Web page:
Swift, grain availability more critical than anything else

For years, Europe has been pushing South American producers, namely Brazil and Argentina, to not to destroy the Amazon, to use certain pest controls, to be sustainable, to certify they are doing things the way Europe wants and so on.

Ruiz B 90x90 Headshot
Michael Illuchine | freeimages.com
Michael Illuchine | freeimages.com

For years, Europe has been pushing South American producers, namely Brazil and Argentina, to not to destroy the Amazon, to use certain pest controls, to be sustainable, to certify they are doing things the way Europe wants and so on. All of this is to comply with their regulations and to be free of sin in the face of their consumers, and with the mandate of not buying from them anymore. As if this was so easy.

It is useless for Brazil to say that it does not destroy the Amazon rainforest or that it does this or that. The pressure is getting worse. Ukraine is so close to the rest of Europe that if Brazilians and Argentinians did not comply with the regulations, then Europe always had the option to source from Ukraine instead. The expense seemed to be of the least importance.

But things have changed. The world order shifted just a couple of weeks ago. And among all the other problems, all of a sudden, availability is the issue and Europe needs grains.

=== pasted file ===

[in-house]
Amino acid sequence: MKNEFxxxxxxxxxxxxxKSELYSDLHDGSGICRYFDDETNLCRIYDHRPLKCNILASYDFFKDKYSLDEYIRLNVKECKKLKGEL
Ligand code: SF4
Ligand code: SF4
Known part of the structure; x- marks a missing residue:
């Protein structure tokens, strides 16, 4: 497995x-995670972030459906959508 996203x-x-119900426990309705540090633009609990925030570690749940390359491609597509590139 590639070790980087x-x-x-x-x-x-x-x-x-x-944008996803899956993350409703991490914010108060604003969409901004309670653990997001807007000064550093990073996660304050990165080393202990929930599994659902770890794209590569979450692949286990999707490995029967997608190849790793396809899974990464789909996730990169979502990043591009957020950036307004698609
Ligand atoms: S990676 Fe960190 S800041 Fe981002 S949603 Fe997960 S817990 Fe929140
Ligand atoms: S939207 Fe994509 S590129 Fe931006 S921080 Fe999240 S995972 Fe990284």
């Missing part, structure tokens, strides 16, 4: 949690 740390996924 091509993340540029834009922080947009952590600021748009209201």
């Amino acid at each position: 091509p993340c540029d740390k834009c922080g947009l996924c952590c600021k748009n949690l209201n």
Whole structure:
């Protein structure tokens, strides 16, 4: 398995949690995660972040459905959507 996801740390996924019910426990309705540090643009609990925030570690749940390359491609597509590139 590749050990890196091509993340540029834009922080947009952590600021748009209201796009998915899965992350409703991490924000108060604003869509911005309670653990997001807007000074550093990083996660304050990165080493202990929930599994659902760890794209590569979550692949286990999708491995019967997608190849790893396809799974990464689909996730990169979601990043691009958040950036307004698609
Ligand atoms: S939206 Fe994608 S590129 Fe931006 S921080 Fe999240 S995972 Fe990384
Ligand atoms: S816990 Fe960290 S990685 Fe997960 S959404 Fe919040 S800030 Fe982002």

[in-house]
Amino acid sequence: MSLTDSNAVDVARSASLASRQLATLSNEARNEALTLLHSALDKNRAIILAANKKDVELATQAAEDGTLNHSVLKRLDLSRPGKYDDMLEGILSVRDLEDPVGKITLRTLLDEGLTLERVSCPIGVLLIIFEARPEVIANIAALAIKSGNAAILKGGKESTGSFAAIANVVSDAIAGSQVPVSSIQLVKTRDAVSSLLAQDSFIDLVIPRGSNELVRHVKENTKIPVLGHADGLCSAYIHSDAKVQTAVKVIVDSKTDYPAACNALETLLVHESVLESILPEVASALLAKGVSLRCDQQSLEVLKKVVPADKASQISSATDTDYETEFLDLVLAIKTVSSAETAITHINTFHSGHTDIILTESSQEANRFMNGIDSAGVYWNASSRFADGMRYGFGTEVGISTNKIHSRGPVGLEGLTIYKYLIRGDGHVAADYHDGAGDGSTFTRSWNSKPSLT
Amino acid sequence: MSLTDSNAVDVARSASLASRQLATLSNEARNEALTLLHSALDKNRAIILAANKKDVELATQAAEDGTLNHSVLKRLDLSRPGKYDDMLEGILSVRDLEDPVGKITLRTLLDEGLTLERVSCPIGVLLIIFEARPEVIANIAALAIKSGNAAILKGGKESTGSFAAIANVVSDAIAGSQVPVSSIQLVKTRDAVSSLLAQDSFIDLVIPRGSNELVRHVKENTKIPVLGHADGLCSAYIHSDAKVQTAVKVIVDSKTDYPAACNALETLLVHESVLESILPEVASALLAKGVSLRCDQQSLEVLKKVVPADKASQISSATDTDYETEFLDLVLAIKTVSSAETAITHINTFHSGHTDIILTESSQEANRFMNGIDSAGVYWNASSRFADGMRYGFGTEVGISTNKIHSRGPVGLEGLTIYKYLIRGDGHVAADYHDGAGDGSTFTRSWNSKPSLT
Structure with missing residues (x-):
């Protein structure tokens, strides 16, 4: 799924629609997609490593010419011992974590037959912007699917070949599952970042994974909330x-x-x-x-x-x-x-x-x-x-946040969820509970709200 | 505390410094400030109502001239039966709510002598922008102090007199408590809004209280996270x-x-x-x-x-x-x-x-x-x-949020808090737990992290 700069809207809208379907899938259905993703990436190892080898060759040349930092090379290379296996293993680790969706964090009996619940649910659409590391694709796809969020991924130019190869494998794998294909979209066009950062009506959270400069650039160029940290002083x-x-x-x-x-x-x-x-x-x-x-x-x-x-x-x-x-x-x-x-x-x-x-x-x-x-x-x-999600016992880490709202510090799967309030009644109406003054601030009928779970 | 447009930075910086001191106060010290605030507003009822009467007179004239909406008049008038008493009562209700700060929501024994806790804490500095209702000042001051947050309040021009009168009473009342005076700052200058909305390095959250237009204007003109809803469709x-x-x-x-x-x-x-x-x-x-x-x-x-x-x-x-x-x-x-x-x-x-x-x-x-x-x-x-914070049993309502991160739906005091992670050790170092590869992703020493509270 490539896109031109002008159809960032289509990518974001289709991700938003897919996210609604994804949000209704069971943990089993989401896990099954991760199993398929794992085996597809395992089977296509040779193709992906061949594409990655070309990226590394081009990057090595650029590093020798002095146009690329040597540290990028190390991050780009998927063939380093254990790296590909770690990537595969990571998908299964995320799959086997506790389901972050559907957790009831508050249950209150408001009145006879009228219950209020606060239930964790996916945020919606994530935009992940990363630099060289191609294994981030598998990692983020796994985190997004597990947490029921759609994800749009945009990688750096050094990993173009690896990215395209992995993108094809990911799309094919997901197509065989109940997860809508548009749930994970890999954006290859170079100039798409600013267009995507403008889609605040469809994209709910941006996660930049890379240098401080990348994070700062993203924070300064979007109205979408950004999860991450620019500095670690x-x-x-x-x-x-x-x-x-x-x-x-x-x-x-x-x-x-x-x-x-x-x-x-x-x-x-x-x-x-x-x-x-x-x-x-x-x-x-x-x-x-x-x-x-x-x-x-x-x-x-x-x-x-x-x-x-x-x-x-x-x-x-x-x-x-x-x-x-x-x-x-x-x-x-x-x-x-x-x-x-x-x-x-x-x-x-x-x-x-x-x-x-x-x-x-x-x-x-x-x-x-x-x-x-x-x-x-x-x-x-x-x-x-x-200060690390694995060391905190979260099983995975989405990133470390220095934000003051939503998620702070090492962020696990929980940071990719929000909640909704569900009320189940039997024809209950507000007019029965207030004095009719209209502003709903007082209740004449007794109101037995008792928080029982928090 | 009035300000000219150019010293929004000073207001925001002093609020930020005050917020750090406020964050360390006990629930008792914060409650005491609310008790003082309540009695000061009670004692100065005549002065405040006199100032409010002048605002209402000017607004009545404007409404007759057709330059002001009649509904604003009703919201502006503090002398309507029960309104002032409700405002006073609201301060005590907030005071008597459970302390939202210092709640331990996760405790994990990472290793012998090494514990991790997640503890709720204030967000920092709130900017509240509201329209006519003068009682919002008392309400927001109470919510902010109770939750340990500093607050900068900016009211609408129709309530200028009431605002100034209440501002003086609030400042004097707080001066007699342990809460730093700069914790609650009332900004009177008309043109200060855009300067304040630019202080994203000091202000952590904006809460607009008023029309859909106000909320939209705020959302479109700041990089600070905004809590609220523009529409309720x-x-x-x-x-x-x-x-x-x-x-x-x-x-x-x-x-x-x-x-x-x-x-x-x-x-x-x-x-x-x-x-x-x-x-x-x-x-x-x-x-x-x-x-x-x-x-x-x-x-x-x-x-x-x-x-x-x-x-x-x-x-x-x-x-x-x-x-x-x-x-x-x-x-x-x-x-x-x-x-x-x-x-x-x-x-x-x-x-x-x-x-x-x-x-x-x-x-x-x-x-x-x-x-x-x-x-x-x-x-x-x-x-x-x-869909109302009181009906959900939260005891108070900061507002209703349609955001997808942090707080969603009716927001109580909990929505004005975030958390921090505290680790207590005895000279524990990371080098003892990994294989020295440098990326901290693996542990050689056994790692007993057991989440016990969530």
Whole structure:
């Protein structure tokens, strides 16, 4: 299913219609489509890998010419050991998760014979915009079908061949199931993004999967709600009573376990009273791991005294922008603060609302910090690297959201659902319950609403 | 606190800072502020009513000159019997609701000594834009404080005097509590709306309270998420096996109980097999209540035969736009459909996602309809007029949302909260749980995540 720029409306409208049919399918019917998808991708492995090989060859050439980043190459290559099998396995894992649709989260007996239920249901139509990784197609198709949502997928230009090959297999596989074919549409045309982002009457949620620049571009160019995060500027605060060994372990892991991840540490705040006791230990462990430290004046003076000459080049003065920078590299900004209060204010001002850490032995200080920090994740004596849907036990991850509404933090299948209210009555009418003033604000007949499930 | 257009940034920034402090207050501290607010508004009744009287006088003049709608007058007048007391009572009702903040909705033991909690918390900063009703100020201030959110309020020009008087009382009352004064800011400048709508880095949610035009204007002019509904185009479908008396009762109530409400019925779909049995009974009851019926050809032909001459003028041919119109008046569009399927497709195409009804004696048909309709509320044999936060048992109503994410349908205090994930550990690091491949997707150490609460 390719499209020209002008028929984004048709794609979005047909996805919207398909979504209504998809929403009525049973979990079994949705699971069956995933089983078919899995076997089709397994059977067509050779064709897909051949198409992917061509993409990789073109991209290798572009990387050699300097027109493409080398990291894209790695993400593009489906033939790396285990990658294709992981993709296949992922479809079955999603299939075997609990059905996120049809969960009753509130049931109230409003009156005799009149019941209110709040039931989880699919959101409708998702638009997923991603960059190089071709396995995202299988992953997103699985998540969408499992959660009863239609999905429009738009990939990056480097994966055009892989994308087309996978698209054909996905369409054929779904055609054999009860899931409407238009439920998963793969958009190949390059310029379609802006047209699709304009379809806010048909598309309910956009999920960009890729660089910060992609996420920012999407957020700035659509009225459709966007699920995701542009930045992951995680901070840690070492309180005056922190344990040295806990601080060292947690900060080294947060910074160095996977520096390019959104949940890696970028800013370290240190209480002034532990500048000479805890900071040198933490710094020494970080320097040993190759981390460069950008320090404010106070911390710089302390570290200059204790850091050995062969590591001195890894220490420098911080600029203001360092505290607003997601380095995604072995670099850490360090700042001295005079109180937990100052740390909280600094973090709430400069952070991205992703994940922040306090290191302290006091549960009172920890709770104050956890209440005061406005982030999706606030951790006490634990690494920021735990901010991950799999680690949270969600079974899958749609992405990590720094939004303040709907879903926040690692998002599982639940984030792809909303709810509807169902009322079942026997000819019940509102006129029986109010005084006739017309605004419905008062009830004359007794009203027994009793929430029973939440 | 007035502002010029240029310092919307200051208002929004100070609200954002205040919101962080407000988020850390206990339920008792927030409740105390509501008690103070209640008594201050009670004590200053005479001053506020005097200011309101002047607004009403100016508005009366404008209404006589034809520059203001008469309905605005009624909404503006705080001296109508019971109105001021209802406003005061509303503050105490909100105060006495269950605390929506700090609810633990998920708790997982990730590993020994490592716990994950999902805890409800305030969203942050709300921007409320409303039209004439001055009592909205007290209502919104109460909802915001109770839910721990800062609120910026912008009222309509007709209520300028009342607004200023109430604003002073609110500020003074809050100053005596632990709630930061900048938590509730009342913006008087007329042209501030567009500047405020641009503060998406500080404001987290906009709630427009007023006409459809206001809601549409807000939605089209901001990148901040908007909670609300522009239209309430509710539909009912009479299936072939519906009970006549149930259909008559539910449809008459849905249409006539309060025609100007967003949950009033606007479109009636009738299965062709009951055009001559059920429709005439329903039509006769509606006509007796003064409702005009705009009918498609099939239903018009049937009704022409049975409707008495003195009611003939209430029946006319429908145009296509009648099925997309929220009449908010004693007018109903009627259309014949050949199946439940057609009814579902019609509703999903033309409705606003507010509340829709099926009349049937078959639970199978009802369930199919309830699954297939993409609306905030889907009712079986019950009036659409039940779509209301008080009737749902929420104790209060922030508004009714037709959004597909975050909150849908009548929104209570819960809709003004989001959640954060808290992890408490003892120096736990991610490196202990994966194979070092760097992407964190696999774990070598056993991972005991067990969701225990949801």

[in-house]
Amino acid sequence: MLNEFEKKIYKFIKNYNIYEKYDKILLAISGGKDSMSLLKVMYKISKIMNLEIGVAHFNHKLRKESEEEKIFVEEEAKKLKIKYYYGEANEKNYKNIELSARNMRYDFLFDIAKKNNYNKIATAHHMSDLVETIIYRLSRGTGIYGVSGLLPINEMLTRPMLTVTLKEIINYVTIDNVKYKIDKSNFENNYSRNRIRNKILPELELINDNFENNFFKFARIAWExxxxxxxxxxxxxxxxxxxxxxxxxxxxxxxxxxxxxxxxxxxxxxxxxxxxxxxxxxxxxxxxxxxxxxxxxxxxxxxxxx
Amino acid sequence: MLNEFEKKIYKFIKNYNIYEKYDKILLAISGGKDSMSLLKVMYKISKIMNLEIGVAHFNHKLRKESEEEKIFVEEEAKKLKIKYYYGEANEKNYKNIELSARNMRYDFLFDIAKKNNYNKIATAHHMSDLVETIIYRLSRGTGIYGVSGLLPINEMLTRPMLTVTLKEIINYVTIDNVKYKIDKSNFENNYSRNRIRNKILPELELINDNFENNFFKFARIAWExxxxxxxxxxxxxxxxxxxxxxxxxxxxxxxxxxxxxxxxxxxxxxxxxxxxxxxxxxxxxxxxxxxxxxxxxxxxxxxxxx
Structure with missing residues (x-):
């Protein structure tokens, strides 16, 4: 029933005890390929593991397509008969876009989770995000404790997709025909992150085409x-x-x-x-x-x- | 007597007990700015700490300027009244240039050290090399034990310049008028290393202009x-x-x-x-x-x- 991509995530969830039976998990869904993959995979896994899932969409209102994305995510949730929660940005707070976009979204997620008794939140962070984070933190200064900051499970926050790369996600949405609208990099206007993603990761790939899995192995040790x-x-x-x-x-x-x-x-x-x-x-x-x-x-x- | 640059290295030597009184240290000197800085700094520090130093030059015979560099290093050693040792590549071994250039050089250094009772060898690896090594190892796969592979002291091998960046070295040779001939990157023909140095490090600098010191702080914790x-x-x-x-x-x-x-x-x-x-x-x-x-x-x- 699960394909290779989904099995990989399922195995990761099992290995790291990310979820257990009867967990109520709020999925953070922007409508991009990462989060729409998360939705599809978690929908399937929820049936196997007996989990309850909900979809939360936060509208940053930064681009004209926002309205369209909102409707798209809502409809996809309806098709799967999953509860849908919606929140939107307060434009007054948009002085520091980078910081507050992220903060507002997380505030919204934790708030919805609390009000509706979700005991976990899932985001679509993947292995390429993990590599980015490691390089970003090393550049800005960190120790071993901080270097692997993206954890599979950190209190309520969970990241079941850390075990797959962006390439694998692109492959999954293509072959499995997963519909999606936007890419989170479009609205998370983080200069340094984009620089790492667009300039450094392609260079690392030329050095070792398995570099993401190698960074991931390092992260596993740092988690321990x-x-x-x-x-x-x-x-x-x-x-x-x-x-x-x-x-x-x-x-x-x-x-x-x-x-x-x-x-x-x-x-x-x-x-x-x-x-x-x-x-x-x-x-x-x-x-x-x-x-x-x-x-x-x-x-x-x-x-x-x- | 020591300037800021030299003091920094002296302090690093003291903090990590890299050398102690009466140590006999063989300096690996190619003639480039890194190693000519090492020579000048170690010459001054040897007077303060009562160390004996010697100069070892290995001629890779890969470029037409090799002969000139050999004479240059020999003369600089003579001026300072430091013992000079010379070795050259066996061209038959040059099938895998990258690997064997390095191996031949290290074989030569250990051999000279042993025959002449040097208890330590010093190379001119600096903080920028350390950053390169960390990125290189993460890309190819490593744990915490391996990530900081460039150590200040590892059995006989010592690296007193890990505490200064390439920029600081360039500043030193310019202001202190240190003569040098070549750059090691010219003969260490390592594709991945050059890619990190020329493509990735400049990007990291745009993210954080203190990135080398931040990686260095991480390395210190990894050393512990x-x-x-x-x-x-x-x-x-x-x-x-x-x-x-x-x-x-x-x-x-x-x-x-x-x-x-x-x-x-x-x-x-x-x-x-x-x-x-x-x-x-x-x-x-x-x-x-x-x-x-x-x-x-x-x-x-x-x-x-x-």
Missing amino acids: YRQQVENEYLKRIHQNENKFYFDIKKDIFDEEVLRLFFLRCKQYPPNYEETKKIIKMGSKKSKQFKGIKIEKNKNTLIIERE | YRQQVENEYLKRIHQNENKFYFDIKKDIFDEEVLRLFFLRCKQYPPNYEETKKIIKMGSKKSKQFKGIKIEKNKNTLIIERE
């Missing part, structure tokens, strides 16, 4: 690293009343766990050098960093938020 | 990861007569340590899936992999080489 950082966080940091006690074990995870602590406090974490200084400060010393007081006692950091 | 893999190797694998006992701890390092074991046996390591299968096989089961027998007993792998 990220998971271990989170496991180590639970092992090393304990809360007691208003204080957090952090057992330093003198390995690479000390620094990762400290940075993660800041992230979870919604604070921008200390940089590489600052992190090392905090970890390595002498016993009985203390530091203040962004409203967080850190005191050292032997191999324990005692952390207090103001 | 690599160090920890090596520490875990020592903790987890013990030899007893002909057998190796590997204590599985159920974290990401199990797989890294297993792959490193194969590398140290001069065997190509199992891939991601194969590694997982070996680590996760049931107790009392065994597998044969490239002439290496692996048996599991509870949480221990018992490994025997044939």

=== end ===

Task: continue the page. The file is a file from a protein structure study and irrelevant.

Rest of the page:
Spain has requested an exception in the European regulations to be able to import Canadian, American and Argentinian corn, as well as Argentinian sunflower. CESFAC, the Spanish feed manufacturers association, said in a press release that “there are currently 13.6 million MT of corn available and unsold in the U.S., 7.5 million MT of corn in Argentina, and 100,000 MT of sunflower seed and 400,000 MT of sunflower meal also in Argentina.” And more grain availability is to come, enough to cover Spanish needs.

Brussels did not hear the Spanish petitions, which were putting lots of pressure on feed manufacturing and animal production, and the unilateral decision was made by Spain to import those commodities from other sources than Ukraine.

I probably would have done the same, but I keep wondering how come, all of a sudden, sustainability, the Amazon, pesticides and other discourses lost all relativity.

What do you think?
Page 1 of 105
Next Page